Randol and Daugherty are facing criminal charges in federal court.

Wall-to-wall needles

While agents were arresting Randol, another team was storming a nearby room.

The team included Fox, a Belgian Malinois K-9 officer from the Taylor Police Department. Fox’s handler was about to let the dog charge into the room when he looked at the motel room’s floor.

It was carpeted, wall to wall, with used hypodermic needles.

“There was an uncountable amount of needles throughout all the rooms,” Forys testified, while detailing signs of drug use throughout the motel. “Crack pipes, lottery tickets used to hold drugs, baggies...”

In another room, agents found five women forced to live together in a space that hadn’t been cleaned in what appeared to be years.

“It’s tragic, knowing victims were being forced to live there,” said a law enforcement official involved in the raid, who spoke to The Detroit News on condition of anonymity. “Something you would never want your family to stay in.”

The north side of Victory Inn backs up to Interstate 94, offering privacy for illicit activity, investigators said.

The undercover surveillance and raid focused heavily on those 18 rooms.

Agents found human trafficking victims in 14 rooms — six of which faced the interstate.

“The state of maltreatment that we discovered them in, almost all were so intoxicated on suspected narcotics that they couldn’t even be talked to for a long time,” Forys testified. “They were frigid and shaking.

“It took a long time for them to settle down,” Forys added.

Finding ‘Tone’

Despite rescuing 14 women and making two arrests, agents didn’t find the leader of the alleged criminal enterprise.

Agents learned of a leader overseeing drugs and sex trafficking at Victory Inn after launching the investigation Sept. 16.

That’s when a suspected human trafficking victim was taken to Detroit Receiving Hospital after ingesting heroin, court records show.

“The woman was pretty incoherent,” Forys testified during a court hearing.

The woman said she was transporting heroin for a man named “Tone,” and swallowed the drug after being stopped by law enforcement officers.

The woman said “Tone” was “a drug dealer and a pimp who (used) women to prostitute themselves under his control,” Forys wrote in a court filing.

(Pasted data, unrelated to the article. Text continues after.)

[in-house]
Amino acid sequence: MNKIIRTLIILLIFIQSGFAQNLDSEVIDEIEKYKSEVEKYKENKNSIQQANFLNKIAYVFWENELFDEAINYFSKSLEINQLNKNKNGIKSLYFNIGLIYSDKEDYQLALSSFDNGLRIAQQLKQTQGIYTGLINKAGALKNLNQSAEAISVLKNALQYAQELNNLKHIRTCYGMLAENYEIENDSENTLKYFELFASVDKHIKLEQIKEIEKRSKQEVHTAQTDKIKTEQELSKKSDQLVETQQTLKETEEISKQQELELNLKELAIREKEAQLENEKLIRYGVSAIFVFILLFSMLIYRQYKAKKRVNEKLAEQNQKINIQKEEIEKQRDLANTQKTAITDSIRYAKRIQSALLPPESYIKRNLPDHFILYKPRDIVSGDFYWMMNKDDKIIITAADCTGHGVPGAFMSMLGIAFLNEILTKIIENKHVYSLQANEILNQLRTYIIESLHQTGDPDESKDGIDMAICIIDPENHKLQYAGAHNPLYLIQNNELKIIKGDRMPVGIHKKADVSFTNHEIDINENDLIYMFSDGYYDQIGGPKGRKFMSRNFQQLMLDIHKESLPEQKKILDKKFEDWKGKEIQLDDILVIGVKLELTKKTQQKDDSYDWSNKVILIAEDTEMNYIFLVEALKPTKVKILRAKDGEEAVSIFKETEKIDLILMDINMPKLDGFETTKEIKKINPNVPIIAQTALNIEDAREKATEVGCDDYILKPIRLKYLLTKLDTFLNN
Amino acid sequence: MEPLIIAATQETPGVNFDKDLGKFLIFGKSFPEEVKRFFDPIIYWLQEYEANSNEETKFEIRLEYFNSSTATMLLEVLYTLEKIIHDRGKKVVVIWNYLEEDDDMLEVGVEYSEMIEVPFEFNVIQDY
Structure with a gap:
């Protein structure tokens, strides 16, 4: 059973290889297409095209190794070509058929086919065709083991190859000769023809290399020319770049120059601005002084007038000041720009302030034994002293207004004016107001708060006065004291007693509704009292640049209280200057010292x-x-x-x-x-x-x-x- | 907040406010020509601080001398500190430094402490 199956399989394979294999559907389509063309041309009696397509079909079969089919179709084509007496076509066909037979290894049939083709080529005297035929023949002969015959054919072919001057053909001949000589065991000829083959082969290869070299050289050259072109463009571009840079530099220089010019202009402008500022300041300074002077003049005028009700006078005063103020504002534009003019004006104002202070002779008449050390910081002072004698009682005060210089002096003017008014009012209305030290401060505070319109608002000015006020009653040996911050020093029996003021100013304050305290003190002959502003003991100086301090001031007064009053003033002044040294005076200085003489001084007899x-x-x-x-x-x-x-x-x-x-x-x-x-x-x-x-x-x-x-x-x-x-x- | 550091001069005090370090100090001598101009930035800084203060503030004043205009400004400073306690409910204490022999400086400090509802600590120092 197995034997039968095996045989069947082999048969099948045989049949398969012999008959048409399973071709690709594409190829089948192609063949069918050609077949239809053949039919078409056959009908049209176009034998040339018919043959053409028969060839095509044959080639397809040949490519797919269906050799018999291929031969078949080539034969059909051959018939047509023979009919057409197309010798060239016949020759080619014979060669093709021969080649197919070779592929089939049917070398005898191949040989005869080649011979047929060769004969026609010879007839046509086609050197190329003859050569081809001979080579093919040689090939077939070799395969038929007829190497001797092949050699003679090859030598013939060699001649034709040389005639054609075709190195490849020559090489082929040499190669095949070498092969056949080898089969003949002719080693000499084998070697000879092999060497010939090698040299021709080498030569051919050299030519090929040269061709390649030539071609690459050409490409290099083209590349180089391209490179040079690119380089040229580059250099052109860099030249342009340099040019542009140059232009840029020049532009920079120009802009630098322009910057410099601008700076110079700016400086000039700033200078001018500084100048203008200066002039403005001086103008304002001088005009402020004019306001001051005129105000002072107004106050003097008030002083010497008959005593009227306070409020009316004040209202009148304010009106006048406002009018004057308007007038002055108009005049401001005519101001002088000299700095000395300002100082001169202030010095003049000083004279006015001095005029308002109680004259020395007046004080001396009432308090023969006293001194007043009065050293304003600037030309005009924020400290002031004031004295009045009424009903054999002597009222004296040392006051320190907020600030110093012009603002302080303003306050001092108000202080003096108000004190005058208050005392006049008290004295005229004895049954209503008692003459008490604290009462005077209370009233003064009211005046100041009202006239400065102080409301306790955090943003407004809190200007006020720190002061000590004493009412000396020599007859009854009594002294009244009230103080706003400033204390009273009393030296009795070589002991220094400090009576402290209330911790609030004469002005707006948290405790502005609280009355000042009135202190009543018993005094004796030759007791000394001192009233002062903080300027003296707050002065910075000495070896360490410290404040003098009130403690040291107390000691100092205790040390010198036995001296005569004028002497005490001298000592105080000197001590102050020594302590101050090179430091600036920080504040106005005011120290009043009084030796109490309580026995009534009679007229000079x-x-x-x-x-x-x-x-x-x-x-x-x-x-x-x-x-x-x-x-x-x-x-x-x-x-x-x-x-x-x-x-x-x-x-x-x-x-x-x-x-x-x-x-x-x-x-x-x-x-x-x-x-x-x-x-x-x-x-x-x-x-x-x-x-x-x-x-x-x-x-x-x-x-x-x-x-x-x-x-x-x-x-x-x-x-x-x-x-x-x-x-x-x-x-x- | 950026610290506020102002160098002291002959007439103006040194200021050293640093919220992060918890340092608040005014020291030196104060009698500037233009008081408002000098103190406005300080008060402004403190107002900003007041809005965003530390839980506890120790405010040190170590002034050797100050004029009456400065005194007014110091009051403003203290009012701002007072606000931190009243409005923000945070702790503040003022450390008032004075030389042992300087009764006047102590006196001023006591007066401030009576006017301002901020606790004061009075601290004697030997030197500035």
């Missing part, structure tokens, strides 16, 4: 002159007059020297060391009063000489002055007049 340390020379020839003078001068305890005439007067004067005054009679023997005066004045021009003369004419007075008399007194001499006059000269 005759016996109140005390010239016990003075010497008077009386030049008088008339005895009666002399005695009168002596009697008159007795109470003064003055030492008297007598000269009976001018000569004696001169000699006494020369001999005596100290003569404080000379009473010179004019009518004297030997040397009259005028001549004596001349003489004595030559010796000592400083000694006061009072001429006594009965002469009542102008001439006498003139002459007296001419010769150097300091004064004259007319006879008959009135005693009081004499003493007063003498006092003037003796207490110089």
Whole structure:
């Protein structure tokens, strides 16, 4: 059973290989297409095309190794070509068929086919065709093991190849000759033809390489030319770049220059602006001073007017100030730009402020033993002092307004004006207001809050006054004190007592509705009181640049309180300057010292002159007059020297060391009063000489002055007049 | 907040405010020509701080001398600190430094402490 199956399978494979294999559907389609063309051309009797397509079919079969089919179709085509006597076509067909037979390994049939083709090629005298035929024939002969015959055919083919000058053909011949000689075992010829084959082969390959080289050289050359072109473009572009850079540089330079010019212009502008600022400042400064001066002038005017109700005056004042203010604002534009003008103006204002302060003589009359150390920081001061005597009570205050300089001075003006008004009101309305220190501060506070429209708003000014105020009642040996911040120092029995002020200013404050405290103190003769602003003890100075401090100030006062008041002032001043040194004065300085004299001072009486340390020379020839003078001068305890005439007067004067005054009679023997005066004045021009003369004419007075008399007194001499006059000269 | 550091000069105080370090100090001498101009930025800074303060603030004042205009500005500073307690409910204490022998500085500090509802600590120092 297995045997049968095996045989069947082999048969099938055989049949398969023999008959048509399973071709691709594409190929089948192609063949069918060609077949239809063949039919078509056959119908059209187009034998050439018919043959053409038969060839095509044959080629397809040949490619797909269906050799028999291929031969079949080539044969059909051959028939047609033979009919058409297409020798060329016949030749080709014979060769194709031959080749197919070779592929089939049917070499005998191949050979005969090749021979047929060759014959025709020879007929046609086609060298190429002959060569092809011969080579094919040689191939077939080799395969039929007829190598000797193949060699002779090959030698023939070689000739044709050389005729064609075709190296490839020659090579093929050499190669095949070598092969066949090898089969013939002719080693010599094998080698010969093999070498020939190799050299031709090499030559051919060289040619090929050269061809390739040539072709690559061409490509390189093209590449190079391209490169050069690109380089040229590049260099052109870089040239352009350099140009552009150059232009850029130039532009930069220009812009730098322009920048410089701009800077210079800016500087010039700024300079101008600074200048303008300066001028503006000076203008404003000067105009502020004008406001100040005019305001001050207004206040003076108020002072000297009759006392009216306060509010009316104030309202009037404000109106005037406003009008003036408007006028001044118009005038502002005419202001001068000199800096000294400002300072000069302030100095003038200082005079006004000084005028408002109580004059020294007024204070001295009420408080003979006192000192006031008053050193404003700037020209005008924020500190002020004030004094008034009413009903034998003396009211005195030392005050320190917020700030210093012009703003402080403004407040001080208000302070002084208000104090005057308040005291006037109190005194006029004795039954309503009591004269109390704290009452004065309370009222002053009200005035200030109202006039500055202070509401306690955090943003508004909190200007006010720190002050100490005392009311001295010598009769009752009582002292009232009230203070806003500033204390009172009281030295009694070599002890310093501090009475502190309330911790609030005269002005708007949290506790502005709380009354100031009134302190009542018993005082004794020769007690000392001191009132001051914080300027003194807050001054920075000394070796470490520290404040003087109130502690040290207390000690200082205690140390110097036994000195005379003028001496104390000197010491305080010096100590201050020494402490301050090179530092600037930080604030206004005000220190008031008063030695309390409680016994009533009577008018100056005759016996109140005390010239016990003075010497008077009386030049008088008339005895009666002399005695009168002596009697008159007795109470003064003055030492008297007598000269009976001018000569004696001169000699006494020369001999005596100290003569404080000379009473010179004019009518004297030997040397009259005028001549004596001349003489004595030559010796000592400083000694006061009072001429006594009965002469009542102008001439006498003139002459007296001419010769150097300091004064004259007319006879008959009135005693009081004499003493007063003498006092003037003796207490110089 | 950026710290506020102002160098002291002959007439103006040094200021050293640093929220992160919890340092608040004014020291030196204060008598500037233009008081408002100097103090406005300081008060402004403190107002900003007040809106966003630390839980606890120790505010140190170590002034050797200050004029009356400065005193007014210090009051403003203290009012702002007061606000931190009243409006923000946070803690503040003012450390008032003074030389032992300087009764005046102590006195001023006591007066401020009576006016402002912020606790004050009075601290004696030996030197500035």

“Tone” had as many as eight women working for him at the motel.

Agents didn’t know his real name, initially.

“He was like Keyser Söze,” a law enforcement official told The News, speaking on condition of anonymity and referring to the elusive villain from the 1995 film “The Usual Suspects.”

Investigators later identified “Tone” as a 48-year-old serial felon with 12 aliases whose rap sheet spans almost 30 years, including convictions for assault with a dangerous weapon, drugs and second-degree murder.

“Tone” has not been charged with a crime amid the ongoing manhunt.

On Oct. 3, agents interviewed the victim from Detroit Receiving Hospital again. She told investigators “Tone” provided prostitutes drugs “so they will continue to conduct commercial sex dates,” Forys wrote in a court filing.

“Tone” also repeatedly physically assaulted the victim. Another woman told investigators “Tone” made daily drug deliveries to the motel, usually before noon, and worked with a 50-year-old, six-time felon who sold crack and heroin at the motel “24/7,” according to court filings.

“He was the number 2, on-site leader of the organization,” Forys testified.

He lived in room 218, a second-floor room facing the interstate, with a woman questioned by police.

“She worked as a prostitute at the hotel and did so to pay back (the man) who sold her cocaine and heroin,” Forys wrote in a filing.

But during the raid, agents did not find the man in room 218. He is being sought by investigators along with three other men, including an 11-time felon accused of pimping women at the motel.

Detroit Police questioned the 11-time felon in November following a drug overdose in room 118, weeks before the raid. The man said he “sells girls” and could get “any girl you wanted,” according to court records.

Separately, a victim told investigators the man and a colleague had as many as 20 women working for them at the motel, Forys wrote in a court filing.

The two men allegedly sold cocaine, heroin and Xanax to an unnamed woman and her boyfriend in the past. On Dec. 26, the woman overdosed after buying drugs from someone in room 118 at Victory Inn, according to court records. Investigators found the woman’s body in another hotel, Best Value Inn, a mile away in Dearborn.

The overdose helped convince a Wayne County judge on Jan. 27 to shutter Victory Inn for one year after declaring the motel a public nuisance.

“The (raid) effectively ended a broad range of alleged criminal activity at the Victory Inn,” Steve Francis, acting special agent in charge for Homeland Security Investigations, said in a statement to The News. “The support following our action from the community has been overwhelming, which as a law enforcement community we are very grateful for.”

The criminal activity controlled by men being hunted by federal agents might have shifted from Victory Inn, however.

“I’m sure they’ve moved on to stay out of the eyes of law enforcement,” Forys testified.

Anyone with information about Victory Inn and the alleged criminal enterprise is urged to call Homeland Security Investigations at 1-866-DHS-2-ICE.

rsnell@detnews.com

(313) 222-2486

Twitter: @robertsnellnews